Call of Juarez Xbox 360 / PC

Call of Juarez Xbox 360 / PC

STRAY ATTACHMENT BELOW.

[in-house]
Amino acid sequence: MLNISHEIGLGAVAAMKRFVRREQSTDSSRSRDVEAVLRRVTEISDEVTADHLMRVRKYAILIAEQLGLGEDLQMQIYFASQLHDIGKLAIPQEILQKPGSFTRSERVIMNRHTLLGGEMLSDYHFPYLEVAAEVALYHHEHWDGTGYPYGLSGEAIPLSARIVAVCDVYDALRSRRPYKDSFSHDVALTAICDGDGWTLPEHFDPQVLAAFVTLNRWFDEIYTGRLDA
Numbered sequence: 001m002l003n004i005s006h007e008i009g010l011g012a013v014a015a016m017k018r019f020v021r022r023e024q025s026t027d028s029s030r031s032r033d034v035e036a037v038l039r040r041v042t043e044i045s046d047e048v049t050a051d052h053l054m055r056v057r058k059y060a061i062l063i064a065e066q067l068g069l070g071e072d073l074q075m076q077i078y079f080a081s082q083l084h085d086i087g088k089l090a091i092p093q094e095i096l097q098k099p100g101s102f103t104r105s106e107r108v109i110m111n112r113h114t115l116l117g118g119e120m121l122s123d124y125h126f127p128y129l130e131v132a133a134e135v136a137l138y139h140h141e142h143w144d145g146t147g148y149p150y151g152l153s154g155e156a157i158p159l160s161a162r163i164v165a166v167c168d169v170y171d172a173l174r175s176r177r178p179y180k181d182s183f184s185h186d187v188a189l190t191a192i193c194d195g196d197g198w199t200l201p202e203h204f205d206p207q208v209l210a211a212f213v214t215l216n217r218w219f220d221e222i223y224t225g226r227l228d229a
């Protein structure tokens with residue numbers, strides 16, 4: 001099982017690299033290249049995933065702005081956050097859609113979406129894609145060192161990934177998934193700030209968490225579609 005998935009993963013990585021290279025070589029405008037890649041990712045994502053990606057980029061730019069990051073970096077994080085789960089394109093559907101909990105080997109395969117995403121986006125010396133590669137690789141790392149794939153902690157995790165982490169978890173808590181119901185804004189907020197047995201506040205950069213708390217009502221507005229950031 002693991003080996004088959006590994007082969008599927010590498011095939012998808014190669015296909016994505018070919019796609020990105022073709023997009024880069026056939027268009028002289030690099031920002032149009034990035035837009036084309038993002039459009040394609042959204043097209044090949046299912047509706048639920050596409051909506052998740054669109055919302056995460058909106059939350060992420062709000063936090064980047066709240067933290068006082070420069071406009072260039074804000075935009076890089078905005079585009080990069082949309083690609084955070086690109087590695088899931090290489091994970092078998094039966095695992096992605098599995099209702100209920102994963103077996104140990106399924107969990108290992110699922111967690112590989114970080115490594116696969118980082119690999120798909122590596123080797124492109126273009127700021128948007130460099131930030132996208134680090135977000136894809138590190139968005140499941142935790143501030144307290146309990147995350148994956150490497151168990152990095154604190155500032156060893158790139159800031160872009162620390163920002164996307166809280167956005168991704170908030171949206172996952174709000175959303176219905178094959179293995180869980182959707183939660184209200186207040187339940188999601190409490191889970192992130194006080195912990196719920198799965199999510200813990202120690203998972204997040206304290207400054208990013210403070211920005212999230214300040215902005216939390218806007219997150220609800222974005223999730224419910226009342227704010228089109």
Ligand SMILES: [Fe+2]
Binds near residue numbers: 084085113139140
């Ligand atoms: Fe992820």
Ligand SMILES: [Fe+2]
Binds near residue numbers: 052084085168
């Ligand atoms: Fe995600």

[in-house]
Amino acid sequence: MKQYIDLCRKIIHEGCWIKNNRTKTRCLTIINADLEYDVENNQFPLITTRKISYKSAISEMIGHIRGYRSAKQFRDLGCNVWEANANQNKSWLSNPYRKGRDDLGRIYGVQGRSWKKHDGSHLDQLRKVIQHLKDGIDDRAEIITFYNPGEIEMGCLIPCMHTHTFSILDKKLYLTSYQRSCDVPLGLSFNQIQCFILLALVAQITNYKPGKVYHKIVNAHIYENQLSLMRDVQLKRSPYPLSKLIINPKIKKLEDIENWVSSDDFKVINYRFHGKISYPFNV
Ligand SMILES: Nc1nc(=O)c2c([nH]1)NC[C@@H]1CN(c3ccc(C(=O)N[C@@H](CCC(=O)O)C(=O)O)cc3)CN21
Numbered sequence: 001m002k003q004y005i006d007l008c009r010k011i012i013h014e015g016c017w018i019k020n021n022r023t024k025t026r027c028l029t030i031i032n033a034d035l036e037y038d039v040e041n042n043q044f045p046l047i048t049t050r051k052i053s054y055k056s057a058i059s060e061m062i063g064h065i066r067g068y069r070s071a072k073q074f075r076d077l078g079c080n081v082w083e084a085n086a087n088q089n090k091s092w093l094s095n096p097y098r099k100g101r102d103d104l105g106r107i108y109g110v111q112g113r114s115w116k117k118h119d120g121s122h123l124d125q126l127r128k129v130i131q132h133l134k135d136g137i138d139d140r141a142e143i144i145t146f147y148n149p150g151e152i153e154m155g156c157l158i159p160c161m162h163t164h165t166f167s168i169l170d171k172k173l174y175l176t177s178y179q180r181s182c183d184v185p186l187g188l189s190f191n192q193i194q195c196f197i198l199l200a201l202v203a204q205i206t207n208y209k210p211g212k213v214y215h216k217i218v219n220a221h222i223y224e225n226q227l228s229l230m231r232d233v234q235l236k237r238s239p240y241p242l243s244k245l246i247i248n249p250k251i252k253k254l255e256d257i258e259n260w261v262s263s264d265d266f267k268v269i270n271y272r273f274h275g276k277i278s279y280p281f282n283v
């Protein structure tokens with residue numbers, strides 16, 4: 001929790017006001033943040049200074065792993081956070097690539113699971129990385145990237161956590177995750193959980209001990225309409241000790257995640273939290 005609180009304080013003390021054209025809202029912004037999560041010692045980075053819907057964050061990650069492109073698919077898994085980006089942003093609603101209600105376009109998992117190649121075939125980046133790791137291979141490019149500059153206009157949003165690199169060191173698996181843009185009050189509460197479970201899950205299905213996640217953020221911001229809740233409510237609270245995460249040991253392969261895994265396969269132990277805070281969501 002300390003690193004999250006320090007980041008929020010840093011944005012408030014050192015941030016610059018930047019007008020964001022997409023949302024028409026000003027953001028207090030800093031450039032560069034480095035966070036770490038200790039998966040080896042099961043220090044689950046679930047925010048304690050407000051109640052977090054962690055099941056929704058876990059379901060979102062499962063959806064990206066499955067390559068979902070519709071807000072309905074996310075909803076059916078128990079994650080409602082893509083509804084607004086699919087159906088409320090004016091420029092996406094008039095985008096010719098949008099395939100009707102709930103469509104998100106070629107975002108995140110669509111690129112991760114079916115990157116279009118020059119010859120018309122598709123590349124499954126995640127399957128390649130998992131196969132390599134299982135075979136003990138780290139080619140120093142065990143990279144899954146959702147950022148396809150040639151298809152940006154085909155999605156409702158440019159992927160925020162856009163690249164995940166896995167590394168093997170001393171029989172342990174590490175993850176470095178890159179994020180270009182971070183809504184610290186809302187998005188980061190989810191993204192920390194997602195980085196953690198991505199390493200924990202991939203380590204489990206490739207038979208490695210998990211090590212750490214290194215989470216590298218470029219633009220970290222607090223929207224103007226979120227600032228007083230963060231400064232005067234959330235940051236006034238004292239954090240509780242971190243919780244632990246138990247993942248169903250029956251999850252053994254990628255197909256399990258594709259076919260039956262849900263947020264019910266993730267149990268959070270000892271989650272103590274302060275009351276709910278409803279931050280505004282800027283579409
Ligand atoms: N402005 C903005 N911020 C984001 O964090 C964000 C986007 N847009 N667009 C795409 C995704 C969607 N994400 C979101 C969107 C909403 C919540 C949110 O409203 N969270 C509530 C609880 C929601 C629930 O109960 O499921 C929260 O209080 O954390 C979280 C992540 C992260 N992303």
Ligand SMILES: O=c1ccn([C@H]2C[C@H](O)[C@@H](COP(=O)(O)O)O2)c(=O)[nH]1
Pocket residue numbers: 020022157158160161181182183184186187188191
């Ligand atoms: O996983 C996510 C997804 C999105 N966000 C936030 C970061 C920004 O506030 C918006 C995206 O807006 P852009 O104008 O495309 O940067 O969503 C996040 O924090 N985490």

It seems like perfect timing that with the release of The Sergio Leone Anthology and the third season of Deadwood that a Western-themed first-person shooter/stealth actioner like Call of Juarez should come down the dusty trail. Word of mouth hasn’t been overly kind to Call of Juarez but pay it no heed, as CoJ is one of the best Western-themed games in a long, long time. True, while there are limitless FPS games where you battle alien hordes, mechanical monsters, insectoids or the Third Reich, with more in the pipe every month, the wild, wild West has been mostly left alone, with only a handful of games in its canon. However, given the savage, lawless nature of the period and its vivid characters and imagery, it’s always been ripe for videogame adaptation, although few have been up to the challenge. In Call of Juarez, you play as two characters: Billy Candle, a young Mexican more adept at hiding and climbing than gun-slinging, and Reverend Ray, an unstoppable hand of god killing machine/preacher. After his family is slaughtered, Billy, in a case of mistaken identity, is on the run, mercilessly pursued by the Reverend, who believes he’s responsible for the death of his brother, Billy’s stepfather. Oh, and there’s also the legend of cursed gold that comes into play and ties everything together but that’s down the road. Basically, you play as either the more stealth-inclined Billy, fleeing from the wrath of God (Reverend Ray), or the good Father, who’s pursuing Billy, killing just about everything in his way. Some have complained about the two-character system, especially the game play differences, but the switching back and forth gives variety and adds difficulty. While most of Ray’s missions are all "walk and gun” (he doesn’t run), Billy will have to sneak, hunt rabbits, climb a mountain (with the help of his whip), etc. The missions are varied enough, utilising numerous Western tropes but the duels feel a little haphazard, involving more luck than skill. While the graphics aren’t the best ever, they are fine and the great outdoors look expansive. As well, the music is exactly what you’d want for a Western game, the length acceptable and the conclusion of the story satisfying. While Call of Juarez won’t supplant Halo 3 on year-end lists (once it drops, of course), it is a good, solid, entertaining game and one that any Western fan should heed the call of. (Ubisoft)